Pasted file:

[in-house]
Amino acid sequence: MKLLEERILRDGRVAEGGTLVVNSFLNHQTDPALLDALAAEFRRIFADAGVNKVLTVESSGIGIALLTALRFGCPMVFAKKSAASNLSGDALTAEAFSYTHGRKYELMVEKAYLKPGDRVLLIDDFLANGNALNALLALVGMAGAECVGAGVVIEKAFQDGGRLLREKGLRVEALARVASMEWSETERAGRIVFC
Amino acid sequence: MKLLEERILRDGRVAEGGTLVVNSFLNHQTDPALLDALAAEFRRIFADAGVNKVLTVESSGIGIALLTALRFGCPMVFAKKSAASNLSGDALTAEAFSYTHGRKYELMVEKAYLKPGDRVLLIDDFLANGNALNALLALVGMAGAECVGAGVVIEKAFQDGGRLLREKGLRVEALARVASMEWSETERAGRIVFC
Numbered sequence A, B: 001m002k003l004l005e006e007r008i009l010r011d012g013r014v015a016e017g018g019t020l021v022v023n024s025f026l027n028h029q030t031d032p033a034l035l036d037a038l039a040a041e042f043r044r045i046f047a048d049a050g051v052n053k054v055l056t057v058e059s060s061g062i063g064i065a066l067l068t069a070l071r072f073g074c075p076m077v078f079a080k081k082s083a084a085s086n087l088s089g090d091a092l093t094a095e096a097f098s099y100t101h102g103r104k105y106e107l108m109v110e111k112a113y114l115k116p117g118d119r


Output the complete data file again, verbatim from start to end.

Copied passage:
[in-house]
Amino acid sequence: MKLLEERILRDGRVAEGGTLVVNSFLNHQTDPALLDALAAEFRRIFADAGVNKVLTVESSGIGIALLTALRFGCPMVFAKKSAASNLSGDALTAEAFSYTHGRKYELMVEKAYLKPGDRVLLIDDFLANGNALNALLALVGMAGAECVGAGVVIEKAFQDGGRLLREKGLRVEALARVASMEWSETERAGRIVFC
Amino acid sequence: MKLLEERILRDGRVAEGGTLVVNSFLNHQTDPALLDALAAEFRRIFADAGVNKVLTVESSGIGIALLTALRFGCPMVFAKKSAASNLSGDALTAEAFSYTHGRKYELMVEKAYLKPGDRVLLIDDFLANGNALNALLALVGMAGAECVGAGVVIEKAFQDGGRLLREKGLRVEALARVASMEWSETERAGRIVFC
Numbered sequence A, B: 001m002k003l004l005e006e007r008i009l010r011d012g013r014v015a016e017g018g019t020l021v022v023n024s025f026l027n028h029q030t031d032p033a034l035l036d037a038l039a040a041e042f043r044r045i046f047a048d049a050g051v052n053k054v055l056t057v058e059s060s061g062i063g064i065a066l067l068t069a070l071r072f073g074c075p076m077v078f079a080k081k082s083a084a085s086n087l088s089g090d091a092l093t094a095e096a097f098s099y100t101h102g103r104k105y106e107l108m109v110e111k112a113y114l115k116p117g118d119r